No One Would Win in Clash of Civilizations, Conferees Told

American and Lebanese Address Palermo Meeting

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PALERMO, Sicily, SEPT. 4, 2002 ( A «clash of civilizations» would end in the ruin of all civilizations, world religious leaders were told.

An American and a Lebanese speaker made that point at the meeting on «Peoples and Religions» organized by the Community of Sant’Egidio, a Rome-based lay movement.

«In no time in the recent past has the scene been so ready as today for what could be a disastrous clash between civilizations,» contended David Smock of the U.S. Institute of Peace.

Because of this, he said, «in no time in the recent past has there been a more urgent need and a more propitious opportunity for faith groups to commit themselves to a significant dialogue to promote reconciliation.»

The American speaker emphasized that «with deplorable frequency, religion is an element of international conflict,» although it is not the principal cause.

In this connection, the Sept. 11 attacks «made painfully clear the need to improve understanding among Christians, Muslims and Jews,» Smock said. «There are numerous mistaken ideas and misunderstandings, and there is little effective communication.»

The cultural contact between Islam and the West, for example, has also been ruined by «relations of power that are historically unequal, which have made the Western world arrogant and insensitive and the Muslim world frequently defensive and insecure,» the American speaker continued.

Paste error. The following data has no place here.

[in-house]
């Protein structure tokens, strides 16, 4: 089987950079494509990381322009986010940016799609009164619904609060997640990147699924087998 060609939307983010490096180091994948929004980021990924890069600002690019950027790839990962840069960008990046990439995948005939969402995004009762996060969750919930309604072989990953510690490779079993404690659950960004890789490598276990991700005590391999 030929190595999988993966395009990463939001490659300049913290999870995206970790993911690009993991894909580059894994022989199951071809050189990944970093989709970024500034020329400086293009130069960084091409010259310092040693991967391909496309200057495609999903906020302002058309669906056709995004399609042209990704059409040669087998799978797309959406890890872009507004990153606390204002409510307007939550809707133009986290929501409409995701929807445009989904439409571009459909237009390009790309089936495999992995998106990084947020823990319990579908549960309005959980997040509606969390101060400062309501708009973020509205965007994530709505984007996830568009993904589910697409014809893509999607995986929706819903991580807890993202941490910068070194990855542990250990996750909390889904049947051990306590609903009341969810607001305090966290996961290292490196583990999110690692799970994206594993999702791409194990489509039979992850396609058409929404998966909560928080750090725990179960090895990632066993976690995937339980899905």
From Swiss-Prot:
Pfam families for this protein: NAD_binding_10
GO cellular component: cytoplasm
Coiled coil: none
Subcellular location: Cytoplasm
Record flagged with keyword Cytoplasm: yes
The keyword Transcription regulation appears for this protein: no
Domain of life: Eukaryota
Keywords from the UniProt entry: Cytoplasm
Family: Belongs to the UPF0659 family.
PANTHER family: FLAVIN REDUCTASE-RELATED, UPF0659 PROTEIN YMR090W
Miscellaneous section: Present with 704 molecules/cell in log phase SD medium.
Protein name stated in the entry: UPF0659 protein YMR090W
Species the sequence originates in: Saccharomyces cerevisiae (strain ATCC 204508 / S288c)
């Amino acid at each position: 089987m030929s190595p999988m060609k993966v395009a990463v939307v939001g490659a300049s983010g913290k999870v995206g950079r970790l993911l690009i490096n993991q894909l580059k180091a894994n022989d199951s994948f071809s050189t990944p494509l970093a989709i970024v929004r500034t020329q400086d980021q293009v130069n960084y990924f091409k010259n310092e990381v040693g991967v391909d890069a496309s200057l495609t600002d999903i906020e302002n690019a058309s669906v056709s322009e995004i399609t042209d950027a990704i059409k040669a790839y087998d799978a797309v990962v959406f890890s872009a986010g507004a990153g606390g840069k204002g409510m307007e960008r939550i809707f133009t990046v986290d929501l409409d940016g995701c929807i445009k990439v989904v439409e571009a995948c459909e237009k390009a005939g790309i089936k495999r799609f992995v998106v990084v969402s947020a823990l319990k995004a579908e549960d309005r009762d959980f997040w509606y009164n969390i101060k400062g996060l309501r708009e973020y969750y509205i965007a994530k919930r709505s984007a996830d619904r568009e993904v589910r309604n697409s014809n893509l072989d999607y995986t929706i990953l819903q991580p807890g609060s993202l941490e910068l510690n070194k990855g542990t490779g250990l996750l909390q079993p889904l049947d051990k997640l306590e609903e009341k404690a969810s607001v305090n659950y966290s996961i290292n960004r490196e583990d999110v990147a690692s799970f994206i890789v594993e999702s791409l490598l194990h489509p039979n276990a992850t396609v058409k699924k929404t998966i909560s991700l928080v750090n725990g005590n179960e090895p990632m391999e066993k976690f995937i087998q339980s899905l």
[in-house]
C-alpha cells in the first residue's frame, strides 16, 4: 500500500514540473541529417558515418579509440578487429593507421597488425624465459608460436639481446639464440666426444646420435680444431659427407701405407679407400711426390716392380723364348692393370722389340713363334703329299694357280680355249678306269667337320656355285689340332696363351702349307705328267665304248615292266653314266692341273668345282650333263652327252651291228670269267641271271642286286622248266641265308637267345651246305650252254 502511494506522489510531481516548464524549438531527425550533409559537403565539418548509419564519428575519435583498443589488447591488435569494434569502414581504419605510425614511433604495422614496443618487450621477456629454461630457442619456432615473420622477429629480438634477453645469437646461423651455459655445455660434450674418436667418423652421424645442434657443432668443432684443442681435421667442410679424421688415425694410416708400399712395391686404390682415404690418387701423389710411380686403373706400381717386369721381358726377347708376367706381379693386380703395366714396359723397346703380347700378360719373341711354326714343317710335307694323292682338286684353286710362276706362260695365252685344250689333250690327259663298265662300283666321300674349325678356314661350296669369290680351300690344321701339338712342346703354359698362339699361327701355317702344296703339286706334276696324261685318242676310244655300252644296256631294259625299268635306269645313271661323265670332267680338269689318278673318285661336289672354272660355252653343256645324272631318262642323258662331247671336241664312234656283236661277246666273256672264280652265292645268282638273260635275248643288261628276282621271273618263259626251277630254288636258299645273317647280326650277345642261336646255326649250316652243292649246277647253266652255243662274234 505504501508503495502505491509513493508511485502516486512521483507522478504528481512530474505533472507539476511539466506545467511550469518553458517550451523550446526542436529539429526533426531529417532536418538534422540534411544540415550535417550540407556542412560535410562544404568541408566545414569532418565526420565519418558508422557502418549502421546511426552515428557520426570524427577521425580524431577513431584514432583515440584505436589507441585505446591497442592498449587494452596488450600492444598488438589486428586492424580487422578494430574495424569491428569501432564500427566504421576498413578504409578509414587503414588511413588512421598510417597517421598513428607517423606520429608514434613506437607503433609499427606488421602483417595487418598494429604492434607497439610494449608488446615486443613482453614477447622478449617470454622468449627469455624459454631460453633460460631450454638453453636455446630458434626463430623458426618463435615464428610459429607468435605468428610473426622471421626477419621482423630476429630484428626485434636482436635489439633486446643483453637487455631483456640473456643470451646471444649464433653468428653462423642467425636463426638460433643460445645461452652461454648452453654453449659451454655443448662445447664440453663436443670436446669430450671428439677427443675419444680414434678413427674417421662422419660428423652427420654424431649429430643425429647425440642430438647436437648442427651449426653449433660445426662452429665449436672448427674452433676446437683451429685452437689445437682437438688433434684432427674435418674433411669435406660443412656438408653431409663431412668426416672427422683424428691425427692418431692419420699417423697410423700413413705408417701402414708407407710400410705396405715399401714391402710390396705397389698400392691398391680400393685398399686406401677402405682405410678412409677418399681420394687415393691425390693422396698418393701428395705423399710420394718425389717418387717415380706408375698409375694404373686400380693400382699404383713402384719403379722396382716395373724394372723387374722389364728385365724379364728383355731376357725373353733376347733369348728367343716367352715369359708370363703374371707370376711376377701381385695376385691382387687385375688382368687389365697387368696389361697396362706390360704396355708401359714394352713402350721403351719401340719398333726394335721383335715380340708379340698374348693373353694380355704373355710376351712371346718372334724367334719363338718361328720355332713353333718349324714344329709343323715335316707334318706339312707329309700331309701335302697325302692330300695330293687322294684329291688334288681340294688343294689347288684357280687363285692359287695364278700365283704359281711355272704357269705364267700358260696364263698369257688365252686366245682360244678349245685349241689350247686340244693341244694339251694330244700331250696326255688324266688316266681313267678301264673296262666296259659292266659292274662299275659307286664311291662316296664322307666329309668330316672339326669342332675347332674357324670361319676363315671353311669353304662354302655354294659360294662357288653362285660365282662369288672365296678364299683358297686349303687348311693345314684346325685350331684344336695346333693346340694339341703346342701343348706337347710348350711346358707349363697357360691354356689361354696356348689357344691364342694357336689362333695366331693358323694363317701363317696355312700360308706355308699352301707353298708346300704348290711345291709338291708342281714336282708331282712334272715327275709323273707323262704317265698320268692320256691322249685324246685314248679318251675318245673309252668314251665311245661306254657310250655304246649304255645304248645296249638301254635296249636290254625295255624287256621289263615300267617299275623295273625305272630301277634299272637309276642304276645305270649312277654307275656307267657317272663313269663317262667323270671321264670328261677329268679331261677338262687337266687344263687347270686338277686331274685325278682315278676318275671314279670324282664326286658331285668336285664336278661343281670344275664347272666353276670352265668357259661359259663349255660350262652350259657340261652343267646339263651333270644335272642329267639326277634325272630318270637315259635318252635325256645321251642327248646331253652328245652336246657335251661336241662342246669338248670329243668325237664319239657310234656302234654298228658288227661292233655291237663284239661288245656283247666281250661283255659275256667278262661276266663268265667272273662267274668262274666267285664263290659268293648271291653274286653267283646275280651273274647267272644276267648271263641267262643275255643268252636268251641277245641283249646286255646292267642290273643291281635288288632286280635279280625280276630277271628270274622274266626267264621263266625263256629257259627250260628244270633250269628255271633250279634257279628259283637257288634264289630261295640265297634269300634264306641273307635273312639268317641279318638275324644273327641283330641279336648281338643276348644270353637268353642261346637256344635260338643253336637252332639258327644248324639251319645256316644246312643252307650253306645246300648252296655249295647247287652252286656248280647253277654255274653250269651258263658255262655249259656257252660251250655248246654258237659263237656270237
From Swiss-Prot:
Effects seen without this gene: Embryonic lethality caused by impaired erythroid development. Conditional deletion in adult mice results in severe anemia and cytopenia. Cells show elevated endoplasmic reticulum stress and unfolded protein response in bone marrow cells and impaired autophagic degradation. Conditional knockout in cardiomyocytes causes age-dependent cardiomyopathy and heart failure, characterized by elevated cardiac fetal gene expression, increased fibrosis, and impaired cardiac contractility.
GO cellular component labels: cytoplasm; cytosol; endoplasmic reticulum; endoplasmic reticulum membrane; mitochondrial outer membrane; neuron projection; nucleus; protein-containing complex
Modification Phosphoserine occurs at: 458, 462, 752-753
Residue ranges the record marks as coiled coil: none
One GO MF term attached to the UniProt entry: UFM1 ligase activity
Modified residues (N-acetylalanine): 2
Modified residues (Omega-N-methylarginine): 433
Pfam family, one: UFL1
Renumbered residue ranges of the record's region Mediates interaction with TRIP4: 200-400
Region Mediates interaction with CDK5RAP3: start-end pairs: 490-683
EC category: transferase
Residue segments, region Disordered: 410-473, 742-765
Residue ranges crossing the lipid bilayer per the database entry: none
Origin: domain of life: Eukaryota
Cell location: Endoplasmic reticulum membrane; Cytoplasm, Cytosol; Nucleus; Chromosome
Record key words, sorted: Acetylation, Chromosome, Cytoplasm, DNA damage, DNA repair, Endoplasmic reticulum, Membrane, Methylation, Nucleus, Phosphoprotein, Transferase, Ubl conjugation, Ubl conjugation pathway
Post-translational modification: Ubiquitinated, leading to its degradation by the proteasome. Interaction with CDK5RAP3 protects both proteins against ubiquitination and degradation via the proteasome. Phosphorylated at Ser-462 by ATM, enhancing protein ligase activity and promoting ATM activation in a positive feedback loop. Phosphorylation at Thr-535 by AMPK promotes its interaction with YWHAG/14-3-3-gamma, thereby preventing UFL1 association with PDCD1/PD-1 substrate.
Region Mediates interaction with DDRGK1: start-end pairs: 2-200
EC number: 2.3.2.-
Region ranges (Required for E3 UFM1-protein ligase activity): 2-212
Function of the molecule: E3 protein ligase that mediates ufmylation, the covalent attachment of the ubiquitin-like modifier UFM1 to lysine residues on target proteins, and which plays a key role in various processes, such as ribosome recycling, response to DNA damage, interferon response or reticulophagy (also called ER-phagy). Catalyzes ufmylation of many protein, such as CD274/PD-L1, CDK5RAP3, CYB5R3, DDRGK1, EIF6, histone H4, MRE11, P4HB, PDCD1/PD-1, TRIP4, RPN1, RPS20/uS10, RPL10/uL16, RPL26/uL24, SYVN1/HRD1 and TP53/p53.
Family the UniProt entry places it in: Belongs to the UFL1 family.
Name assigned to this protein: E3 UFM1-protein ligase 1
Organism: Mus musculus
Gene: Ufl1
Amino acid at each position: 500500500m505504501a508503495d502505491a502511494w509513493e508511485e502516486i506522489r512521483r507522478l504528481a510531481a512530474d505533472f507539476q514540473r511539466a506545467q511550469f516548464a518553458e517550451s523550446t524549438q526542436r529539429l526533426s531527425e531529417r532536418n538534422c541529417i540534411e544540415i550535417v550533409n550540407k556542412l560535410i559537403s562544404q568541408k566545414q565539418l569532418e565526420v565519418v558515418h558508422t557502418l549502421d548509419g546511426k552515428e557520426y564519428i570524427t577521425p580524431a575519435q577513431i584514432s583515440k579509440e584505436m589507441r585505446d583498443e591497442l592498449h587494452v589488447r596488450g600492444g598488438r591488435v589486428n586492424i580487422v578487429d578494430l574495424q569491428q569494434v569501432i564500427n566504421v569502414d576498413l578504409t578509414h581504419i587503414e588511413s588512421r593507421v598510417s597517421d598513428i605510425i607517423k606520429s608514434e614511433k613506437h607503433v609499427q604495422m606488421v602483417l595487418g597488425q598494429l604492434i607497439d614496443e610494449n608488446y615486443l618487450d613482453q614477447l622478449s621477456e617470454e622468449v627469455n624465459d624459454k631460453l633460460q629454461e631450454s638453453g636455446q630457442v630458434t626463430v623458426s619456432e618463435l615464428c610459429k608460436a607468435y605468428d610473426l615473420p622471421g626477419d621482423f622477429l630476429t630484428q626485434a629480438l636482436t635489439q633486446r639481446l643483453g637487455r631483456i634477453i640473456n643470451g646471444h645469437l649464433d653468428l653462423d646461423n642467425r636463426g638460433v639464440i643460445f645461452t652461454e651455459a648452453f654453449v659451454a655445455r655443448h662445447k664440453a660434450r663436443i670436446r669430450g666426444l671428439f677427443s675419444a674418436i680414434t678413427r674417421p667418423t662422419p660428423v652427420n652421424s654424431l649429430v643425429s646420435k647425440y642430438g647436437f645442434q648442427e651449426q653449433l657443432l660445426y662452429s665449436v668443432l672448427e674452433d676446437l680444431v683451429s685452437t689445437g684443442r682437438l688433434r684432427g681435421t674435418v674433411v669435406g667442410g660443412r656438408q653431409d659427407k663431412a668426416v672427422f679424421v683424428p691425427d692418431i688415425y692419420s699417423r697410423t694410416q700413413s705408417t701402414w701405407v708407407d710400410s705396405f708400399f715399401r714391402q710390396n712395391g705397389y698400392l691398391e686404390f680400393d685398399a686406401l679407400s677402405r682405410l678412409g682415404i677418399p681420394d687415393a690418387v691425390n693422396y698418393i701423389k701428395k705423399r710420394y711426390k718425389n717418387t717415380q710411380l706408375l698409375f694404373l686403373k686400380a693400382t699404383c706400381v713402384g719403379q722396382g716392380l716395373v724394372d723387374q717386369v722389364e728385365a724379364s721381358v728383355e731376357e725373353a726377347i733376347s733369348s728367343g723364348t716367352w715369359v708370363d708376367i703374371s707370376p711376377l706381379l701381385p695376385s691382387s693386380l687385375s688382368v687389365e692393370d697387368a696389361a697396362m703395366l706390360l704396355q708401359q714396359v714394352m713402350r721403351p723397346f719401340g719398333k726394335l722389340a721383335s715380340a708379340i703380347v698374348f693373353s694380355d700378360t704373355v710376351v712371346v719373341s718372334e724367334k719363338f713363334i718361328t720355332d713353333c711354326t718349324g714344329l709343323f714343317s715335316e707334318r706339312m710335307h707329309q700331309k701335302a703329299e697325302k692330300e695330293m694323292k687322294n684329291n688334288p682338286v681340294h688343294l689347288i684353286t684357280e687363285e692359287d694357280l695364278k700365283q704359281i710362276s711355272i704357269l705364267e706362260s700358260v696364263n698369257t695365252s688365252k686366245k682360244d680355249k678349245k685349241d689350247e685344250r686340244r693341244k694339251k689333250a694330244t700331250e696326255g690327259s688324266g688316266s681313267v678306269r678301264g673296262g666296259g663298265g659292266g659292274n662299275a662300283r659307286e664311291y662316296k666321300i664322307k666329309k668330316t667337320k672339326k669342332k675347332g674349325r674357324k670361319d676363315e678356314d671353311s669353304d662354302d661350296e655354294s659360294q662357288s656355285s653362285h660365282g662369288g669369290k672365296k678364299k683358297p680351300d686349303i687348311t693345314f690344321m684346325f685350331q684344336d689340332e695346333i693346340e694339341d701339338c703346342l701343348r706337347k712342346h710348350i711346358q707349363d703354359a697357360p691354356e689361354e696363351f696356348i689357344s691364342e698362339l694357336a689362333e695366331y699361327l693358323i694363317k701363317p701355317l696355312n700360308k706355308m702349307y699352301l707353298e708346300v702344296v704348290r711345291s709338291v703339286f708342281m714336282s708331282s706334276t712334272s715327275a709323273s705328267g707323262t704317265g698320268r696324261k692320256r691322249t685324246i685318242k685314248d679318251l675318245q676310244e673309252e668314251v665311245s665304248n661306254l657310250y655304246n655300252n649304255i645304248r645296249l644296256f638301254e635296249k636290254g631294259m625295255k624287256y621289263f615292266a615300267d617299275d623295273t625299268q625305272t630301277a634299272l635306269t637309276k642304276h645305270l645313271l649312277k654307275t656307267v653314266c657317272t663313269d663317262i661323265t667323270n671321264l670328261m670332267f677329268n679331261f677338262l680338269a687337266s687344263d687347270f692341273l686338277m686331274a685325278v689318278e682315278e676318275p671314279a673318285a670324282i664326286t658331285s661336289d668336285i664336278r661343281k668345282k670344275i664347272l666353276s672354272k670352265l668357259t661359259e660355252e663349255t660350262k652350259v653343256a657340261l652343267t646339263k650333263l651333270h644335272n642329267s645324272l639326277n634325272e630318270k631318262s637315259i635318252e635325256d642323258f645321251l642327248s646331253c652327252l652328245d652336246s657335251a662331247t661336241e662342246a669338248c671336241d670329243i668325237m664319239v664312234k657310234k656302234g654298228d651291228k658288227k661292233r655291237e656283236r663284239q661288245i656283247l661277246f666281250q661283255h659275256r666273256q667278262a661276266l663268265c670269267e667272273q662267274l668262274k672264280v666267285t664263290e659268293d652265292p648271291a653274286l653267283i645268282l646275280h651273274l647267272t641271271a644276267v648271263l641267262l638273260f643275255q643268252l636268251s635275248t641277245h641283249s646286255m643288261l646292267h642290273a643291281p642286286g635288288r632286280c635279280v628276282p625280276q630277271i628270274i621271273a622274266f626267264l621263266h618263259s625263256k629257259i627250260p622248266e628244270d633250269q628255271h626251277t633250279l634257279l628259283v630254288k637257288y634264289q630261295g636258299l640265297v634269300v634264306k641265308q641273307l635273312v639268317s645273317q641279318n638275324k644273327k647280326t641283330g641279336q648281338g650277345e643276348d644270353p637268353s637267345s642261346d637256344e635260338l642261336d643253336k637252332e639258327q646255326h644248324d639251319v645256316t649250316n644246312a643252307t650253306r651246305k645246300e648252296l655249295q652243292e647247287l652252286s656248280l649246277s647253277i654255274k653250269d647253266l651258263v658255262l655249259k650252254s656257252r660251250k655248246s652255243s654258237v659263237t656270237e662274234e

Lebanese Ghassan Theni, president of the Dar An-Nahar Publishing Group, responded, by trying to explain to «our American friends especially,» that the present civilizations are the result of the legacies of cultures that forged humanity.

Therefore, if there is «a clash of civilizations, the only way out will be the destruction of the whole of civilization on both sides,» Theni warned.

«There will be no liberty, nor will any form of peace be foreseen in a situation where the whole imposition of peace becomes a new source of conflict,» the Lebanese continued.

The solution may be found in a globalization that respects «diversity and multiplicity,» he added. «A common search for governance, which respects fundamental human rights, cannot be carried out with violence but with coexistence, which comes from peace, justice and respect for the other.»

The Palermo meeting, which drew more than 400 representatives of the monotheist religions, ended Tuesday.

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